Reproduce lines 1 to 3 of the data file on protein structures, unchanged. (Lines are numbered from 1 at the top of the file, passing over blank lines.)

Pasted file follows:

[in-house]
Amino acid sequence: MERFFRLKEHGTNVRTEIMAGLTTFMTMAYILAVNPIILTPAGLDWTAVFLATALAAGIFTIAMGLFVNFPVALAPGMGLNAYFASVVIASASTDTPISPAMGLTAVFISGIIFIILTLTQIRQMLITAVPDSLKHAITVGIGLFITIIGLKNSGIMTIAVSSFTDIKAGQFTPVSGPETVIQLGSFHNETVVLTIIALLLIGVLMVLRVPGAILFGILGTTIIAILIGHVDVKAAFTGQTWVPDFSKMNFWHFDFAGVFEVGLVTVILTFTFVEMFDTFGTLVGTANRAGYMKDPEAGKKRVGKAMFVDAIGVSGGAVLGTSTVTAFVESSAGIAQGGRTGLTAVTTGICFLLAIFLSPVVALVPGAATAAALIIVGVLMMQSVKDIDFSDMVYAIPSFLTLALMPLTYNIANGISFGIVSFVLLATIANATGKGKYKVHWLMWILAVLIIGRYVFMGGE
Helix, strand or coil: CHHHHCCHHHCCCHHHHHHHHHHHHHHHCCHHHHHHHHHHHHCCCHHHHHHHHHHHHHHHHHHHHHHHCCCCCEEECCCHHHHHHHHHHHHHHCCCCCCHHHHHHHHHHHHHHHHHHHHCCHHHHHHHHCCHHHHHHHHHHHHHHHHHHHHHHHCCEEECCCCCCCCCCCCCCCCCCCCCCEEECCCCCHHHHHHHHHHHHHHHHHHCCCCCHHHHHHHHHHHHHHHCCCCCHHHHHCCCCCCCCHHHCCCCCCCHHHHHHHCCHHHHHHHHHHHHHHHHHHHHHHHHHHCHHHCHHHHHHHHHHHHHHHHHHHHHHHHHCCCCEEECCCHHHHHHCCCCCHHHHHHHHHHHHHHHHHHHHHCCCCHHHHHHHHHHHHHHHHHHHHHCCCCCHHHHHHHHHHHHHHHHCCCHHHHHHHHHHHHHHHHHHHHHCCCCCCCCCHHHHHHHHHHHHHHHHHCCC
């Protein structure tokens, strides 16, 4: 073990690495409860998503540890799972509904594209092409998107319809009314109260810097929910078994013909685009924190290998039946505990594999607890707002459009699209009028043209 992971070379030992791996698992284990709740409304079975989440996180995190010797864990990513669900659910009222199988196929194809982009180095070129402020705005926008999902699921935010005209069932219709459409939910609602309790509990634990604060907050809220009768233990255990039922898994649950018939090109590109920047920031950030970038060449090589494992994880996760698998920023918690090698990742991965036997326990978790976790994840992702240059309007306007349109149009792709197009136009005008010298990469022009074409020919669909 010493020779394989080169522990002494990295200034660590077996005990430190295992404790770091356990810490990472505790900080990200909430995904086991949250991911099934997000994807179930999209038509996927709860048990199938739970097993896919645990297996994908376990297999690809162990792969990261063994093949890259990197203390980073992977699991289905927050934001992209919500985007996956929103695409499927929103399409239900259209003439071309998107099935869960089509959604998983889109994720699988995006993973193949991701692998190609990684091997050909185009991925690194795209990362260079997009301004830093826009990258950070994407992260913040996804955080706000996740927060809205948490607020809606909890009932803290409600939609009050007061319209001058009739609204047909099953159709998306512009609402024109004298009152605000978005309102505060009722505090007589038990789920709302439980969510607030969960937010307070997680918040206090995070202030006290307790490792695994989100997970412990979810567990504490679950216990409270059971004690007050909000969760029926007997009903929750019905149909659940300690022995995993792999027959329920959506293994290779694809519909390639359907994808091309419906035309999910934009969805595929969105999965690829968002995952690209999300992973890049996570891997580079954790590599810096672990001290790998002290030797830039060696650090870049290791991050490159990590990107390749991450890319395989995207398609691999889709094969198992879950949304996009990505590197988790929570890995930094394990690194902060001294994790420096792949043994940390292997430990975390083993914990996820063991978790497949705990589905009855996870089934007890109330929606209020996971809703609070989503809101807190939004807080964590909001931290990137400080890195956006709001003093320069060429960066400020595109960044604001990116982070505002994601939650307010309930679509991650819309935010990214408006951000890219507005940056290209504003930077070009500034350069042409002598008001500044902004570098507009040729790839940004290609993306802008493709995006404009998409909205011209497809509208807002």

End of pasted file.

[in-house]
Amino acid sequence: MERFFRLKEHGTNVRTEIMAGLTTFMTMAYILAVNPIILTPAGLDWTAVFLATALAAGIFTIAMGLFVNFPVALAPGMGLNAYFASVVIASASTDTPISPAMGLTAVFISGIIFIILTLTQIRQMLITAVPDSLKHAITVGIGLFITIIGLKNSGIMTIAVSSFTDIKAGQFTPVSGPETVIQLGSFHNETVVLTIIALLLIGVLMVLRVPGAILFGILGTTIIAILIGHVDVKAAFTGQTWVPDFSKMNFWHFDFAGVFEVGLVTVILTFTFVEMFDTFGTLVGTANRAGYMKDPEAGKKRVGKAMFVDAIGVSGGAVLGTSTVTAFVESSAGIAQGGRTGLTAVTTGICFLLAIFLSPVVALVPGAATAAALIIVGVLMMQSVKDIDFSDMVYAIPSFLTLALMPLTYNIANGISFGIVSFVLLATIANATGKGKYKVHWLMWILAVLIIGRYVFMGGE
Helix, strand or coil: CHHHHCCHHHCCCHHHHHHHHHHHHHHHCCHHHHHHHHHHHHCCCHHHHHHHHHHHHHHHHHHHHHHHCCCCCEEECCCHHHHHHHHHHHHHHCCCCCCHHHHHHHHHHHHHHHHHHHHCCHHHHHHHHCCHHHHHHHHHHHHHHHHHHHHHHHCCEEECCCCCCCCCCCCCCCCCCCCCCEEECCCCCHHHHHHHHHHHHHHHHHHCCCCCHHHHHHHHHHHHHHHCCCCCHHHHHCCCCCCCCHHHCCCCCCCHHHHHHHCCHHHHHHHHHHHHHHHHHHHHHHHHHHCHHHCHHHHHHHHHHHHHHHHHHHHHHHHHCCCCEEECCCHHHHHHCCCCCHHHHHHHHHHHHHHHHHHHHHCCCCHHHHHHHHHHHHHHHHHHHHHCCCCCHHHHHHHHHHHHHHHHCCCHHHHHHHHHHHHHHHHHHHHHCCCCCCCCCHHHHHHHHHHHHHHHHHCCC